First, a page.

2011 Arkansas Forestry MOU
MEMORANDUM OF UNDERSTANDING
BETWEEN THE ARKANSAS FORESTRY COMMISSION
AND THE UNITED STATES DEPARTMENT OF AGRICULTURE NATURAL RESOURCES CONSERVATION SERVICE
AND THE ARKANSAS FORESTRY ASSOCIATION, AMERICAN TREE FARM SYSTEM
This Memorandum of Understanding (MOU) is made and entered into by the Arkansas Forestry Commission (AFC), the United States Department of Agriculture, Natural Resources Conservation Service (NRCS) in Arkansas, and the Arkansas Forestry Association (AFA), American Tree Farm System (ATFS).
The purpose of this MOU is to strengthen the cooperation among the Parties that will result in coordinated interagency delivery of forestry-related conservation assistance to private landowners in order to sustain the health, diversity, and productivity of Arkansas’s private working lands – forestland, cropland, pasture, and rangeland. The Parties have a long-term commitment to the conservation and stewardship of all Arkansas natural resources that will endure beyond the life of this MOU.
The Parties polled their organizations and identified the following barriers, hereinafter referred to as “the Barriers,” to delivery of forest-related conservation assistance:
Lack of integration of planning and other administrative issues between the Parties, making it difficult for private landowners to participate in forestry and conservation programs;
Funding devoted for forestry-related conservation assistance to private landowners is inadequate; and
Parties speak different technical/organizational languages, which suggest a need for improved communication.
The Parties are committed to address and resolve the Barriers through both joint and separate actions.
Importance of Private Forestlands to Arkansas’s Welfare
The Parties recognize healthy forests are a critical component of Arkansas’s landscape as 18.7 million acres of the State’s 34 million acres are forested. Forests provide clean air, carbon sequestration, flood protection, wildlife habitat, recreation and aesthetic enjoyments. Healthy forests are also vital to clean and abundant supplies of water. Water quantity and quality are threatened by population and land uses. Wildfires, insect and disease outbreaks, and invasive species also affect the ability of forests to store and filter the water we drink. Forests and forest products also provide economic, energy, and many other benefits. The Parties also recognize family owned forests make up 8.7 million acres of Arkansas’s forests, and are increasingly being divided into smaller parcels.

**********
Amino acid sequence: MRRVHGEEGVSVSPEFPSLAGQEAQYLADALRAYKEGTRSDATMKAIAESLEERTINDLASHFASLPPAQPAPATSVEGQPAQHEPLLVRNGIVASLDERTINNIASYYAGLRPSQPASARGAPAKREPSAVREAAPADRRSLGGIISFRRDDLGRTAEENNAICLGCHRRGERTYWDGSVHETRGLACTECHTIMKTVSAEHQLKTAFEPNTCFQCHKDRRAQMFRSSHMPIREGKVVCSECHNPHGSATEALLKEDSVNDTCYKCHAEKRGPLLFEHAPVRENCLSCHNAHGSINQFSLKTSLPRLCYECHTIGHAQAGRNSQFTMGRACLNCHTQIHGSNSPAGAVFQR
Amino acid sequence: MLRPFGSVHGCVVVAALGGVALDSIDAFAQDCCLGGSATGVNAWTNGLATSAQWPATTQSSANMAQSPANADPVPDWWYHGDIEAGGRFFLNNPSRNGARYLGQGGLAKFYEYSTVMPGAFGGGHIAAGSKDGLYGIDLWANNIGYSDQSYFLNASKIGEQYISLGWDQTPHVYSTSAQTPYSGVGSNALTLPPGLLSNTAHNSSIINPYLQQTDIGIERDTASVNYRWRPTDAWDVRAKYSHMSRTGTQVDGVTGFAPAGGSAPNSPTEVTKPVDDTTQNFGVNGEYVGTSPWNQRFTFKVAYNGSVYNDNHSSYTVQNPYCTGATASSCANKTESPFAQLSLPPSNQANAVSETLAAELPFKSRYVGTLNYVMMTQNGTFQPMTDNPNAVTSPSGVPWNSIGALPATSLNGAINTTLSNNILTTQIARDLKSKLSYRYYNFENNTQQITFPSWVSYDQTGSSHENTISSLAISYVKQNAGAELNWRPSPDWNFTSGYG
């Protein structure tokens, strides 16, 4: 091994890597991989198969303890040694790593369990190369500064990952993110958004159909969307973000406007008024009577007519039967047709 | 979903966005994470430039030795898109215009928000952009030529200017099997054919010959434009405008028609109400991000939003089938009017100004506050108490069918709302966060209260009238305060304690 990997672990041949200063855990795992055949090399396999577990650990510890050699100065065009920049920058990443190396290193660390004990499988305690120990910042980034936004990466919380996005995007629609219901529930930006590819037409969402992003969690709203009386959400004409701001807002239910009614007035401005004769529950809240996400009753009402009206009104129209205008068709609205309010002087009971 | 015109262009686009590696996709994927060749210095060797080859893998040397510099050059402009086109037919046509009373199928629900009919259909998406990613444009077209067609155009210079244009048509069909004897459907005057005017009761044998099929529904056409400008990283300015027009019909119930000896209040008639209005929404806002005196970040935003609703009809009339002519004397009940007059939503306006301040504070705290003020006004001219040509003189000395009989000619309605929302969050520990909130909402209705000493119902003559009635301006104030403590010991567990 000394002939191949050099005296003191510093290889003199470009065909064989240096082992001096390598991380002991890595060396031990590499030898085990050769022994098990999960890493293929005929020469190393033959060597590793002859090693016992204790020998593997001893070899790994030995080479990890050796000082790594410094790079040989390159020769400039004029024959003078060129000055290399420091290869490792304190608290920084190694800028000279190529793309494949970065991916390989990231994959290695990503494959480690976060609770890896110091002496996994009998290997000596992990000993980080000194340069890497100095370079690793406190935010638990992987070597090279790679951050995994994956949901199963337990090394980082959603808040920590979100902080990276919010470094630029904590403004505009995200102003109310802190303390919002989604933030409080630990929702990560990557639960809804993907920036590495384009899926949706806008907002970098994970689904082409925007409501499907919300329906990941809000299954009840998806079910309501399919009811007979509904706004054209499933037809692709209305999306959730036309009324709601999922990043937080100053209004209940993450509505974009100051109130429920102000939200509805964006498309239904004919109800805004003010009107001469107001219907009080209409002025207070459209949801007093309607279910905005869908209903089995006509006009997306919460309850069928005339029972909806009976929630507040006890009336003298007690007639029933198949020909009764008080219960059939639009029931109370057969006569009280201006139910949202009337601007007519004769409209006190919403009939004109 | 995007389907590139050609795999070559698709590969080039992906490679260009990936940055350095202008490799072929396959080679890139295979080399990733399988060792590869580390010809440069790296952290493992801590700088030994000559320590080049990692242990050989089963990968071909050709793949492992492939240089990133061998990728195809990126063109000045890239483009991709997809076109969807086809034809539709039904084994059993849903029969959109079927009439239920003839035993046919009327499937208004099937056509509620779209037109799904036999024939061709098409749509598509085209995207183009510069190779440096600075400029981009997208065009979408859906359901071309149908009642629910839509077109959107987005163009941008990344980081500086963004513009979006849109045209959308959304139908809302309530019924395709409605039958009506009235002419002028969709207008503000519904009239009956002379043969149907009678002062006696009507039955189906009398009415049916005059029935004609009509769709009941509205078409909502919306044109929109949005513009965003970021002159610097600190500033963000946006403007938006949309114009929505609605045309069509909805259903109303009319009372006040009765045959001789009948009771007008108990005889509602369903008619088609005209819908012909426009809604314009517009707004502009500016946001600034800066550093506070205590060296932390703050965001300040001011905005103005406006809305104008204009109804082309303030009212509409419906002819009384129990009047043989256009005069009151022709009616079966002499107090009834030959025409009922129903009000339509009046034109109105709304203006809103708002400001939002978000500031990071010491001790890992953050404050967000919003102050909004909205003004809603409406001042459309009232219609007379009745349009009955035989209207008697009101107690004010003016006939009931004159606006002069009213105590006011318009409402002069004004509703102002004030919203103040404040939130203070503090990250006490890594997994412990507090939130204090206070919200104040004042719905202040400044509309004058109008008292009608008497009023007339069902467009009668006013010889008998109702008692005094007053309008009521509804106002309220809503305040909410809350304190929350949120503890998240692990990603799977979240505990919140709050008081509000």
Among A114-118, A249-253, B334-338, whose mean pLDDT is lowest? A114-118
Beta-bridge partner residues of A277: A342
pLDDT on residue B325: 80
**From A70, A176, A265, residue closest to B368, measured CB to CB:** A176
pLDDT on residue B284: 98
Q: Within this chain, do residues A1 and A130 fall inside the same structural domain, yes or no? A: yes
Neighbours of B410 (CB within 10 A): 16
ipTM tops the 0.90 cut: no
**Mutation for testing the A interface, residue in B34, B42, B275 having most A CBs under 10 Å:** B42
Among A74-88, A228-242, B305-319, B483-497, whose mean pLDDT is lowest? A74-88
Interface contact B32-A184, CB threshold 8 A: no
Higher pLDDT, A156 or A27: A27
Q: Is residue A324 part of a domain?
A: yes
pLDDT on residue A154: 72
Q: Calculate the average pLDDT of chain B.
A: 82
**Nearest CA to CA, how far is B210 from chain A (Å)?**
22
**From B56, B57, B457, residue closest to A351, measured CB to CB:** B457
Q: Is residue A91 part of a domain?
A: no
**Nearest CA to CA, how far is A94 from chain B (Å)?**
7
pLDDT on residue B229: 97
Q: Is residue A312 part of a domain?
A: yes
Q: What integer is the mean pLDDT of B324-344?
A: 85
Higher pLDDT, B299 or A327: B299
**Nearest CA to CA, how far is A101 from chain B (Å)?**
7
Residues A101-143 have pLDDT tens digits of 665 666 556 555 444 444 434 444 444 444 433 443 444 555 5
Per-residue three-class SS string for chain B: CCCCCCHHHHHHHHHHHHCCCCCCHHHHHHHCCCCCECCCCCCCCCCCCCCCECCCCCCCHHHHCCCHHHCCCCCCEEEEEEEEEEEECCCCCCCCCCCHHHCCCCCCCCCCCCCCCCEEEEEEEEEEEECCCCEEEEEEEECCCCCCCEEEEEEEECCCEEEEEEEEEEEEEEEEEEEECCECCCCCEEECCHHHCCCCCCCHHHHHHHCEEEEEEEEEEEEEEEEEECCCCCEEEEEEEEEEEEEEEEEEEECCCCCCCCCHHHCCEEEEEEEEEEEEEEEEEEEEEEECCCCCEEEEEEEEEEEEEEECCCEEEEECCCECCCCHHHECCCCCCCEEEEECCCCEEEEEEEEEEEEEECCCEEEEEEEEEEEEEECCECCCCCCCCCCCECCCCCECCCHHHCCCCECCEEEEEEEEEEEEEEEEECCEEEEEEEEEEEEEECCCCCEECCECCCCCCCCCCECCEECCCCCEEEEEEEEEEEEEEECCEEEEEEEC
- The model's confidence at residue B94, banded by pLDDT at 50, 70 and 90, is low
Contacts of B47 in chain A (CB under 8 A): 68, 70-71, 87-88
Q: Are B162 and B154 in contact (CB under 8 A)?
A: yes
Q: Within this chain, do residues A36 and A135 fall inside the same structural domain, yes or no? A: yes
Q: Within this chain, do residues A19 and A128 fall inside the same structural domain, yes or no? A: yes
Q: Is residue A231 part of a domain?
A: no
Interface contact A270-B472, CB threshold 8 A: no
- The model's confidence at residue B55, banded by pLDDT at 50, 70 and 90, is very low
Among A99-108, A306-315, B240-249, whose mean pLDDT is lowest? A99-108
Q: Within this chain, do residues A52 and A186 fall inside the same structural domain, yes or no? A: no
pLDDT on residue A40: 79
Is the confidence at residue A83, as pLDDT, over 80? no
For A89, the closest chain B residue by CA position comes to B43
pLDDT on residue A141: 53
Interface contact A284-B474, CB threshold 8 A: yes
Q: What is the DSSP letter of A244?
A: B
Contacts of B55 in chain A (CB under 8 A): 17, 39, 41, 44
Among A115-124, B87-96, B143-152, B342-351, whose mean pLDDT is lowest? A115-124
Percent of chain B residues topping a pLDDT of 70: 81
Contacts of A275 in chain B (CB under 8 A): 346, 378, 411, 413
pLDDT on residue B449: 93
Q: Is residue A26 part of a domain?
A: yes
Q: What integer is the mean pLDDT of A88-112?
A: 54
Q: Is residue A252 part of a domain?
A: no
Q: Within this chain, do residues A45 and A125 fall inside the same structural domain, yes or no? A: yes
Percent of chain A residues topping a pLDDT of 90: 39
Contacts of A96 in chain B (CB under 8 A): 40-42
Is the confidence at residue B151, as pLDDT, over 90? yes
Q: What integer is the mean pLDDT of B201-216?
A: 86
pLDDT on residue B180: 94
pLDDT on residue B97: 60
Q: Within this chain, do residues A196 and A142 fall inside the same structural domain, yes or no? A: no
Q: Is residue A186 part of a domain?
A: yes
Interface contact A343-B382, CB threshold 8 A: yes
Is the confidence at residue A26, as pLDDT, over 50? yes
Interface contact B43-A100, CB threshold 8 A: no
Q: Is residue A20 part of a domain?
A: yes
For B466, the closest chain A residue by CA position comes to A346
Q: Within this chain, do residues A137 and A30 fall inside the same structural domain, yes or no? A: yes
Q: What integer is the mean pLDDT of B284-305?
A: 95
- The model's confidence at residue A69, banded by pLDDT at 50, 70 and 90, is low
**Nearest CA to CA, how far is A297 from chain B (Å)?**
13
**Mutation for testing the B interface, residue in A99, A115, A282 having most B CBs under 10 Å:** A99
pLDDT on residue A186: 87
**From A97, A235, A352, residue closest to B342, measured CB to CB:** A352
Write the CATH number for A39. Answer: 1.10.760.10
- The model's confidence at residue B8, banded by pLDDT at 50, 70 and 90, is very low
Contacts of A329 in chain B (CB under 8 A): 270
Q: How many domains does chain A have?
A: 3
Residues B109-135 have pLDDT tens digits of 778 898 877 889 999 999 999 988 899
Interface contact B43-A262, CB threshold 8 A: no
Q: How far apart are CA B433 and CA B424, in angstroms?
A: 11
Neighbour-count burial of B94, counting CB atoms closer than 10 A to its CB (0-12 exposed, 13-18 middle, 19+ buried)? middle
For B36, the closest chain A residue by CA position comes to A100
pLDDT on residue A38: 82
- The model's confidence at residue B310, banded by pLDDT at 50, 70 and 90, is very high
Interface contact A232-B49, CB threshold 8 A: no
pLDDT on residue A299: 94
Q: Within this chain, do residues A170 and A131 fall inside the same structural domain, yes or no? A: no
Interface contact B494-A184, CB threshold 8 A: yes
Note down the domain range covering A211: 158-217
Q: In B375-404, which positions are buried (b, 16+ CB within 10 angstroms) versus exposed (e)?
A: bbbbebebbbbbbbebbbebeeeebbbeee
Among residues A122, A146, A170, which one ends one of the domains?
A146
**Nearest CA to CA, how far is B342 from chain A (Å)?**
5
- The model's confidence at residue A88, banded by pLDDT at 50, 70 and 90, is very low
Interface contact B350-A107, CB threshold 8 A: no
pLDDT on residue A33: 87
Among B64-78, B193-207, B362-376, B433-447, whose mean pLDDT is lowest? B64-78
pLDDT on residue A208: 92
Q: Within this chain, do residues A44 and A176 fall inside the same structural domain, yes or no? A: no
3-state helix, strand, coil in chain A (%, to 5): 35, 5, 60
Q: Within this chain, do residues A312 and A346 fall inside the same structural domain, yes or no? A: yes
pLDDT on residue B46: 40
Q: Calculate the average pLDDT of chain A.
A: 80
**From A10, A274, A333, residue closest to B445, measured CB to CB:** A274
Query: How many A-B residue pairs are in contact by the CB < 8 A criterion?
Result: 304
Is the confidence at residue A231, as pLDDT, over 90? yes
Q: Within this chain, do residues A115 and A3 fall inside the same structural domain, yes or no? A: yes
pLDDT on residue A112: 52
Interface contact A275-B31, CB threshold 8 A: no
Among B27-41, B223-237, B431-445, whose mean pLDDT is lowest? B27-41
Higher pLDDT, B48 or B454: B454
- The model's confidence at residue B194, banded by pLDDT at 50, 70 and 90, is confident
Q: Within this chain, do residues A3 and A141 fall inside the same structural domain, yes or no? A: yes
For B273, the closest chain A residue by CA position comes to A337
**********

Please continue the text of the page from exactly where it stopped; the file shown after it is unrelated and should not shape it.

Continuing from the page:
The Parties further recognize that Arkansas’s forest resources are threatened and do not provide the full range of benefits they are capable of providing. Some of the risks/issues to our forests include:
Forest Health (Insects and Disease)
Lack of proper management
The Parties recognize that family forest owners are key customers for our program/activities. Increased coordination and collaboration is essential so that we can provide assistance to a changing customer/owner base.
It is critical that landowners are able to obtain information and assistance about implementing conservation practices that will maximize natural resource benefits and address concerns about their forests.
The Parties believe that a strong partnership will make it possible to be more effective in assisting family forest owners, thereby increasing natural resource benefits from working lands. The Parties also recognize that strong citizen participation, as well as stakeholder-based partnerships operating at the local, regional, and other geographic scales are fundamental to successful conservation of natural resources.
Each Party delivers to private landowners and land managers technical and financial assistance through their various conservation programs and activities. Increased coordination and collaboration can result in synergistic effects that enable broader success in achieving conservation goals.